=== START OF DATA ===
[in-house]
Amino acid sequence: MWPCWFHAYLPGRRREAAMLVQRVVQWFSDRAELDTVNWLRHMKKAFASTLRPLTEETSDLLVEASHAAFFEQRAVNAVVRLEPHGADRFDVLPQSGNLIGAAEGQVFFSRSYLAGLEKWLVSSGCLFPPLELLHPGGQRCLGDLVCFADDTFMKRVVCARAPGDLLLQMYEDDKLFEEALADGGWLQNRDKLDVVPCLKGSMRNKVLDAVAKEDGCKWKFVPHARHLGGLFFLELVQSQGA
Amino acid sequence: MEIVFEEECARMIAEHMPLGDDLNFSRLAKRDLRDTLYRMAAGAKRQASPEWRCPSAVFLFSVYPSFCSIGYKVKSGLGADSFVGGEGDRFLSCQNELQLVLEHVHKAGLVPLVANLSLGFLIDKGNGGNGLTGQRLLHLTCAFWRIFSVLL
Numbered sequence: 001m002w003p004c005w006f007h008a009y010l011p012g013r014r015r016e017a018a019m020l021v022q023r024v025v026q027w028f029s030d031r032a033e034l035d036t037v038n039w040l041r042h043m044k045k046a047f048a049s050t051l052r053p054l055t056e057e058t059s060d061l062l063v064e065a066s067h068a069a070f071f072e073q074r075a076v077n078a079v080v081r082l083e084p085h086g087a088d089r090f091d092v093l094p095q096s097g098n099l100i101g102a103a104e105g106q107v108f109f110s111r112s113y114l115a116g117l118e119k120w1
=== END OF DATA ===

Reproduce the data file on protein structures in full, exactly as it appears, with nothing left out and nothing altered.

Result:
[in-house]
Amino acid sequence: MWPCWFHAYLPGRRREAAMLVQRVVQWFSDRAELDTVNWLRHMKKAFASTLRPLTEETSDLLVEASHAAFFEQRAVNAVVRLEPHGADRFDVLPQSGNLIGAAEGQVFFSRSYLAGLEKWLVSSGCLFPPLELLHPGGQRCLGDLVCFADDTFMKRVVCARAPGDLLLQMYEDDKLFEEALADGGWLQNRDKLDVVPCLKGSMRNKVLDAVAKEDGCKWKFVPHARHLGGLFFLELVQSQGA
Amino acid sequence: MEIVFEEECARMIAEHMPLGDDLNFSRLAKRDLRDTLYRMAAGAKRQASPEWRCPSAVFLFSVYPSFCSIGYKVKSGLGADSFVGGEGDRFLSCQNELQLVLEHVHKAGLVPLVANLSLGFLIDKGNGGNGLTGQRLLHLTCAFWRIFSVLL
Numbered sequence: 001m002w003p004c005w006f007h008a009y010l011p012g013r014r015r016e017a018a019m020l021v022q023r024v025v026q027w028f029s030d031r032a033e034l035d036t037v038n039w040l041r042h043m044k045k046a047f048a049s050t051l052r053p054l055t056e057e058t059s060d061l062l063v064e065a066s067h068a069a070f071f072e073q074r075a076v077n078a079v080v081r082l083e084p085h086g087a088d089r090f091d092v093l094p095q096s097g098n099l100i101g102a103a104e105g106q107v108f109f110s111r112s113y114l115a116g117l118e119k120w1